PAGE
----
One Open XML implementation that I find interesting for a variety of reasons is the new release of Monarch V9 from Datawatch. Brian Jones blogged about it today.
This product has been around quite a while, and I took a good look at it back in 1991 when it first shipped. It’s sort of funny, I remember reading about Monarch the first time and thinking “whoa, this product will be bad for business!” I’ll explain …
At that time, I was a consultant in Chicago and one of my clients was a major insurance company’s motor club in the northwest suburbs. They had a big mainframe system that ran their call center, and they wanted to do some custom reports.
The problem was, their mainframe vendor wanted a huge licensing fee for a relatively simple reporting module that didn’t even do the type of reports they wanted. And the only reporting option in the existing call-center software (which my client had already invested a six-figure sum in licensing from the vendor) was to print out all of the data in a full-detail report that listed every single call received. This dense tabular report printed a single week’s call data on a huge pile of tractor-fed greenbar paper.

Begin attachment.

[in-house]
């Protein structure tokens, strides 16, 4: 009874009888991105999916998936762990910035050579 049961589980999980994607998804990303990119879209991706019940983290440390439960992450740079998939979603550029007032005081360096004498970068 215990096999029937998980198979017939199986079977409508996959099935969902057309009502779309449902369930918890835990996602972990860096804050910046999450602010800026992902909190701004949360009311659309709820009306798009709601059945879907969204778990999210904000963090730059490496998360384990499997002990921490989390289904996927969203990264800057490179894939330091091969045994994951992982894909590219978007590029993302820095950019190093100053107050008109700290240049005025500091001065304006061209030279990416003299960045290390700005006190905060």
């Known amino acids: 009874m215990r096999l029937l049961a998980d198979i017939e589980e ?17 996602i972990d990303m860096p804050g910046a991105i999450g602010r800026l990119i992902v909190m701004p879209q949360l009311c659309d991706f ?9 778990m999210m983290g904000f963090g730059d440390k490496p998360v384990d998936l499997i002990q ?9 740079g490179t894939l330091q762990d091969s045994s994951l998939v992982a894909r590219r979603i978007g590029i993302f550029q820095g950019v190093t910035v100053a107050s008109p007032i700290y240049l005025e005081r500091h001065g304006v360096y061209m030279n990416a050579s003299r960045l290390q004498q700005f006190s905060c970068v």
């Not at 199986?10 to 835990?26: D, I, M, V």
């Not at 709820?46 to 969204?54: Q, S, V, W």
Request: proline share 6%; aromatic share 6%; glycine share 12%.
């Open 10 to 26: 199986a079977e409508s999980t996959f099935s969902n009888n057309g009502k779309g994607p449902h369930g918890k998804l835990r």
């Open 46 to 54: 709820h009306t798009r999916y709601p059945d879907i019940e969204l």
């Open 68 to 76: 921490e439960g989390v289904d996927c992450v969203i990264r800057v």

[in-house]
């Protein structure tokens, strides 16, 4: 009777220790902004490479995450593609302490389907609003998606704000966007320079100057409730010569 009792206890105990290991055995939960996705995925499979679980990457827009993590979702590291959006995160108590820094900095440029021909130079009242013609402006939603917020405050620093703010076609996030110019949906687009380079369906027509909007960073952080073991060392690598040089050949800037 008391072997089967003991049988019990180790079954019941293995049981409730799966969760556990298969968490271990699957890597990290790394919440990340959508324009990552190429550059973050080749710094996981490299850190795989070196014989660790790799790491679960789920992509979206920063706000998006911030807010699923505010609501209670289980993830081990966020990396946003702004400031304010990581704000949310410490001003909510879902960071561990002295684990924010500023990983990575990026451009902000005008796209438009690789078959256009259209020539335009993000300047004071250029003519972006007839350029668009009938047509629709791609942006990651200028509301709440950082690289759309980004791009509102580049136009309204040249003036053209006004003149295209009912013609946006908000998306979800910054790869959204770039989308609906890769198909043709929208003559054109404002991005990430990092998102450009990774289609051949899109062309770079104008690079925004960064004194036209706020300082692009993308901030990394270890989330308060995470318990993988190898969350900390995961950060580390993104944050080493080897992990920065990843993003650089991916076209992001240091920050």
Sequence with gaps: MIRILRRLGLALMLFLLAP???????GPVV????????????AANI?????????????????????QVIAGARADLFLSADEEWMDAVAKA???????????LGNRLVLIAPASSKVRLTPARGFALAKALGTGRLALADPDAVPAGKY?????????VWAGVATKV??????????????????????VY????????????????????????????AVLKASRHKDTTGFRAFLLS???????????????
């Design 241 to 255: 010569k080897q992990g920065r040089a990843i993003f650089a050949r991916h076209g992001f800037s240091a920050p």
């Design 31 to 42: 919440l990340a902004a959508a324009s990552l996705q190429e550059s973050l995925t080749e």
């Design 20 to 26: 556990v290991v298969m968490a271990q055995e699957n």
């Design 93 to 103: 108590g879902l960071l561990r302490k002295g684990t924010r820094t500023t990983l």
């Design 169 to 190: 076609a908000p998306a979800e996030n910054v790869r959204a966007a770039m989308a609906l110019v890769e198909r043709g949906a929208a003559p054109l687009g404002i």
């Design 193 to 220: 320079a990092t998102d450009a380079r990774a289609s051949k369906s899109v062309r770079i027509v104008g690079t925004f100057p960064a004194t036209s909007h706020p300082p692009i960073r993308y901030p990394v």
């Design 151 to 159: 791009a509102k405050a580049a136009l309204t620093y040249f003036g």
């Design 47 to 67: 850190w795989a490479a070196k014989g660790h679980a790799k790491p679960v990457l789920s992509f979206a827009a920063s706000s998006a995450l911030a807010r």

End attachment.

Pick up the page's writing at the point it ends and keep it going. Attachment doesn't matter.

So I did a little custom-software project for them, to generate the slick management reports that they wanted. The trick was to capture the mainframe’s serial printer output by using a null-modem cable connected to a PC. (This was a blatant violation of their license agreement, but surely the statute of limitations has passed on that. Uh, LCA, is that correct? :-))
Every night, an employee would set up Crosstalk (a PC modem program) to capture data coming in the serial port, then he would run the full-detail report for that day on the mainframe system. The mainframe would unknowingly “print” the tabular detail data through the cable to the PC, where it was captured in a massive text file. Then they’d run a FoxPro/DOS program I wrote for them (this was before Microsoft purchased Fox Software, as you old-timers recall), which would extract all the data from the text file and stuff it into tables in a nicely normalized data structure from which it was easy to generate fancy reports.
Then along came “Monarch,” a product that allowed end users to create custom reports from tabular data quickly and easily with no programming at all. I took a look at Monarch and decided there was no money in it for me — it was so easy to use that the concept of hiring a consultant to implement it would have been a bit of a stretch.
Congratulations to the folks at Monarch for shipping the latest release. I’ll bet, somewhere out there, a consultant despises version 9 of your product as much as I despised version 1. 🙂